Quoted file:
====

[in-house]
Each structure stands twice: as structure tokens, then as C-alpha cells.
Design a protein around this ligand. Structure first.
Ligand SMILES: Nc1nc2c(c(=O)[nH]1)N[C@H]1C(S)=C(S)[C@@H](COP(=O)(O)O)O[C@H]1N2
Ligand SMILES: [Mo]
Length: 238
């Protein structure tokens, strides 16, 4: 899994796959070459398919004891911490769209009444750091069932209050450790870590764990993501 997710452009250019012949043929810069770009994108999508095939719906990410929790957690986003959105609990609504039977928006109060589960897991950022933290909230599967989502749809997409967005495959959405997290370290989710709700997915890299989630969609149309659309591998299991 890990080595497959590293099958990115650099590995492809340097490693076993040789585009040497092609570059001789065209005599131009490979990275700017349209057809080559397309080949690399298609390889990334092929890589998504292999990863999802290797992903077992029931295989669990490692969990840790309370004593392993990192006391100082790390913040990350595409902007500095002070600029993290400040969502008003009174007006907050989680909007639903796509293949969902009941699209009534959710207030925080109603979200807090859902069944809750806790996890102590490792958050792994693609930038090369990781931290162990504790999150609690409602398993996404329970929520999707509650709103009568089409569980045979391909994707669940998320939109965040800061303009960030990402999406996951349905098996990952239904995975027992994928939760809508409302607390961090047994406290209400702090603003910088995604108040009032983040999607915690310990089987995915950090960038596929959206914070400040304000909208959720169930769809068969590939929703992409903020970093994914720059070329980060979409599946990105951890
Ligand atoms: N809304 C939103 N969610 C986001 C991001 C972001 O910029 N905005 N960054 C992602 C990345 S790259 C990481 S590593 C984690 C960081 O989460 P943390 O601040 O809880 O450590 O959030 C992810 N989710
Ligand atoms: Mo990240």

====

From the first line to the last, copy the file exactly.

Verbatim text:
[in-house]
Each structure stands twice: as structure tokens, then as C-alpha cells.
Design a protein around this ligand. Structure first.
Ligand SMILES: Nc1nc2c(c(=O)[nH]1)N[C@H]1C(S)=C(S)[C@@H](COP(=O)(O)O)O[C@H]1N2
Ligand SMILES: [Mo]
Length: 238
């Protein structure tokens, strides 16, 4: 899994796959070459398919004891911490769209009444750091069932209050450790870590764990993501 997710452009250019012949043929810069770009994108999508095939719906990410929790957690986003959105609990609504039977928006109060589960897991950022933290909230599967989502749809997409967005495959959405997290370290989710709700997915890299989630969609149309659309591998299991 890990080595497959590293099958990115650099590995492809340097490693076993040789585009040497092609570059001789065209005599131009490979990275700017349209057809080559397309080949690399298609390889990334092929890589998504292999990863999802290797992903077992029931295989669990490692969990840790309370004593392993990192006391100082790390913040990350595409902007500095002070600029993290400040969502008003009174007006907050989680909007639903796509293949969902009941699209009534959710207030925080109603979200807090859902069944809750806790996890102590490792958050792994693609930038090369990781931290162990504790999150609690409602398993996404329970929520999707509650709103009568089409569980045979391909994707669940998320939109965040800061303009960030990402999406996951349905098996990952239904995975027992994928939760809508409302607390961090047994406290209400702090603003910088995604108040009032983040999607915690310990089987995915950090960038596929959206914070400040304000909208959720169930769809068969590939929703992409903020970093994914720059070329980060979409599946990105951890
Ligand atoms: N809304 C939103 N969610 C986001 C991001 C972001 O910029 N905005 N960054 C992602 C990345 S790259 C990481 S590593 C984690 C960081 O989460 P943390 O601040 O809880 O450590 O959030 C992810 N989710
Ligand atoms: Mo990240």